Self-destructing atomic dark matter

Michael Geller, Ofri Telem

Research output: Contribution to journalArticlepeer-review

2 Scopus citations


Self-destructing dark matter (SDDM) is a class of dark sector models in which the collision of a dark sector particle with the earth induces its prompt decay into Standard Model particles, generating unique signals at neutrino detectors. The inherent fragility of SDDM makes its survival from the early Universe unlikely, implying a late time production mechanism. We present an efficient late time production mechanism for SDDM based on atomic rearrangement, the mechanism responsible for muon or antiproton capture in hydrogen. In this model, an atomic rearrangement process occurs in our Galaxy, converting dark atoms into highly excited bound states - our SDDM candidates. While the resulting SDDM is only a small fraction of the dark matter flux, its striking self-destruction signals imply a significant discovery reach in the existing data from the Super-Kamiokande experiment.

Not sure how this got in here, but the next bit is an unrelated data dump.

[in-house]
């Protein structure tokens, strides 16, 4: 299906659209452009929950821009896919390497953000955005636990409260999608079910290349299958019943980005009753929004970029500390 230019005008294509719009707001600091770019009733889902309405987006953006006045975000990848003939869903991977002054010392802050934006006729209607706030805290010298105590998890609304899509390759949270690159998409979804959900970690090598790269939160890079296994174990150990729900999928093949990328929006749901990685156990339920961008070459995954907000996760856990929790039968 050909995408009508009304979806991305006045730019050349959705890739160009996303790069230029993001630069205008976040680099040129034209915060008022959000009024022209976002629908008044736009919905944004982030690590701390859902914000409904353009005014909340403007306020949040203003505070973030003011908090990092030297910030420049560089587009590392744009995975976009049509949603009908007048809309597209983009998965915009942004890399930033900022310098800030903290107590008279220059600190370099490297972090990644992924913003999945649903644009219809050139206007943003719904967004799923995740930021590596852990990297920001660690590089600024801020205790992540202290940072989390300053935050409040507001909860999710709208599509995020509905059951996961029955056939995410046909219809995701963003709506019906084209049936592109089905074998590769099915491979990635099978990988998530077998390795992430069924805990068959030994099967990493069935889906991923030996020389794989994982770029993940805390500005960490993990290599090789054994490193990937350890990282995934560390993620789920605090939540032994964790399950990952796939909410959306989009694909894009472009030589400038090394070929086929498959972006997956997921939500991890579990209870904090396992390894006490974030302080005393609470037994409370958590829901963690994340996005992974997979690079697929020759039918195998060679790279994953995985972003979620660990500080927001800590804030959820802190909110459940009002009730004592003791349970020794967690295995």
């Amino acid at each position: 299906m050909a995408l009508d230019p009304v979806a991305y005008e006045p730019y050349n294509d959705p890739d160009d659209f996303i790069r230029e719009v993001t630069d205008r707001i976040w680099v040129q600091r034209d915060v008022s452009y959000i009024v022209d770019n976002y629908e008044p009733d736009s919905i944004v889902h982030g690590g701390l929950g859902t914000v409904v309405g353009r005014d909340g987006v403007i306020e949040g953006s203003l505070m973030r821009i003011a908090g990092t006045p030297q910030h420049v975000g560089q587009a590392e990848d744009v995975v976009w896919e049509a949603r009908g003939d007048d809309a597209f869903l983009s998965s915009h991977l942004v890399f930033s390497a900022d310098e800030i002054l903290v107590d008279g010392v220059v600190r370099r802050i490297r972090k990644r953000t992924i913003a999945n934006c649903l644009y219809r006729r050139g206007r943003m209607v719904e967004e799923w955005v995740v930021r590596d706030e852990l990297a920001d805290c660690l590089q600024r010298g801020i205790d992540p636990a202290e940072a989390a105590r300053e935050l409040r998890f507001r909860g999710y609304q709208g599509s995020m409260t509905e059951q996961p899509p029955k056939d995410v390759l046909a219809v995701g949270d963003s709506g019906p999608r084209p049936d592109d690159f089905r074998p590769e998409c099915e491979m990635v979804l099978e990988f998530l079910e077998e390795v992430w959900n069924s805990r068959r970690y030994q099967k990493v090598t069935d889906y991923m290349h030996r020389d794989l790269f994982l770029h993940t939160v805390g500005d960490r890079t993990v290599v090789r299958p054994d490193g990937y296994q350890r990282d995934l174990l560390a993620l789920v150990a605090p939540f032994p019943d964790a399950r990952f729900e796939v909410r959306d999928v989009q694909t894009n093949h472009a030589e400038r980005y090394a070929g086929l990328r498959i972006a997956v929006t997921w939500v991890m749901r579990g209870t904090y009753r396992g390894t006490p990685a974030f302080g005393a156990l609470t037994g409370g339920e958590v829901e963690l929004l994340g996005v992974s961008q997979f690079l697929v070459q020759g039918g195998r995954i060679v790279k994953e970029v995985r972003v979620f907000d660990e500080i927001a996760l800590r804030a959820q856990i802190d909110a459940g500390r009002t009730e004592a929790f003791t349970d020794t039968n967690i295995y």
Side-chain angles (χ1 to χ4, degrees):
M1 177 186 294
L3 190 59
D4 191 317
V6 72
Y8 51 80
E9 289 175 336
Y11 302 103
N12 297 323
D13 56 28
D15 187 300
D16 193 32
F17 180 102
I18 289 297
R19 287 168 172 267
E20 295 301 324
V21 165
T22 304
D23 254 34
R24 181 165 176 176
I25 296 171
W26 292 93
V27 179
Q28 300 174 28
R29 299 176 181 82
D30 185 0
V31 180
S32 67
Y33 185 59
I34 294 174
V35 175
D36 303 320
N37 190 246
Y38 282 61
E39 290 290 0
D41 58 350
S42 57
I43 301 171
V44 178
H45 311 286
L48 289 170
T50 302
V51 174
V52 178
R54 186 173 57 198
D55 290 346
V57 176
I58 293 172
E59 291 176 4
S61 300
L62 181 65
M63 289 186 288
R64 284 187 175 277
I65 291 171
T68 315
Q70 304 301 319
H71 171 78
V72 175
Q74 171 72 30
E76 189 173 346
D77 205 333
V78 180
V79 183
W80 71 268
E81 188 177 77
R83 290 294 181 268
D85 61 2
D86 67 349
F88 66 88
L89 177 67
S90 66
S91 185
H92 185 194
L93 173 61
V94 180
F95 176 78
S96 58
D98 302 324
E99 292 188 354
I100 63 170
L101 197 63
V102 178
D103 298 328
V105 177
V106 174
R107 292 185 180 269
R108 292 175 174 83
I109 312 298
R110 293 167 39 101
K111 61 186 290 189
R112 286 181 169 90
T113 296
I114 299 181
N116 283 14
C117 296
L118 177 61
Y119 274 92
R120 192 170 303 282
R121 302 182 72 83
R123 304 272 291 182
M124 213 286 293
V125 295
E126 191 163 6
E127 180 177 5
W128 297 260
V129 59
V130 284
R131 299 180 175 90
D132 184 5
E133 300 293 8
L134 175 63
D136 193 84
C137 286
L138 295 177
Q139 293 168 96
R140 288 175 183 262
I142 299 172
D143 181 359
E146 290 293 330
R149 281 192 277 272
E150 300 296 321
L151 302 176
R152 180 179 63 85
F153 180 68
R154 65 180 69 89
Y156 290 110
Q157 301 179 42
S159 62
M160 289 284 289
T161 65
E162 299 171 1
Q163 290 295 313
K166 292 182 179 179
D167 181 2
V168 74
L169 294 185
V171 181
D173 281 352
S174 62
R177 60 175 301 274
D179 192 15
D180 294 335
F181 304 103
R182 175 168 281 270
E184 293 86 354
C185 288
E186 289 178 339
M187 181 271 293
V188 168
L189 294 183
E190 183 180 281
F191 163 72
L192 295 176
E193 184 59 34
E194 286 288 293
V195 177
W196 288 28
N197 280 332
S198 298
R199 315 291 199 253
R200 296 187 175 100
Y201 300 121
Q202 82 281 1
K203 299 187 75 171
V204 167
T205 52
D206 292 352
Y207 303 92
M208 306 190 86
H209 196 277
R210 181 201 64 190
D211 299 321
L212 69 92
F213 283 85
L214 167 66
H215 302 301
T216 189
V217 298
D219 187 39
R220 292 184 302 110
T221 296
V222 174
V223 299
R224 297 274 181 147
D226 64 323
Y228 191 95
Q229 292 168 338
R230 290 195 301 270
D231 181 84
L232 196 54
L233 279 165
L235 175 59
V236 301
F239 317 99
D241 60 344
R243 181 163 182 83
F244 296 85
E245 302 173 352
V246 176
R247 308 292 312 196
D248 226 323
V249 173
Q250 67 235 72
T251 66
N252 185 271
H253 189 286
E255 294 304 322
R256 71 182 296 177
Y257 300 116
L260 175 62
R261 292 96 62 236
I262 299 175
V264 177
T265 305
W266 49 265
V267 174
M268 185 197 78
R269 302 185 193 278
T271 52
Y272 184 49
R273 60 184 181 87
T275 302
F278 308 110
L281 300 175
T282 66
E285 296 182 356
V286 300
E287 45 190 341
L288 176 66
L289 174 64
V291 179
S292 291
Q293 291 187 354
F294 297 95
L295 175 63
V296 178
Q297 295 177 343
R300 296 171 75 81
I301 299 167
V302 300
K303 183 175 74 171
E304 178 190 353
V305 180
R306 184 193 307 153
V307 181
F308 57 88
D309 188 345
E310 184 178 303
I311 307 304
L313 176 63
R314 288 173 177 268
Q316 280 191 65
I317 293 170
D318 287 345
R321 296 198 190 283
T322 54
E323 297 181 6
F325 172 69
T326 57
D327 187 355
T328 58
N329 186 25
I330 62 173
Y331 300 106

Original languageAmerican English
Article number035010
JournalPhysical Review D
Issue number3
StatePublished - 1 Aug 2021
Externally publishedYes

Bibliographical note

Publisher Copyright:
© 2021 authors. Published by the American Physical Society. Published by the American Physical Society under the terms of the ""Creative Commons Attribution 4.0 International license. Further distribution of this work must maintain attribution to the author(s) and the published article's title, journal citation, and DOI. Funded by SCOAP3.


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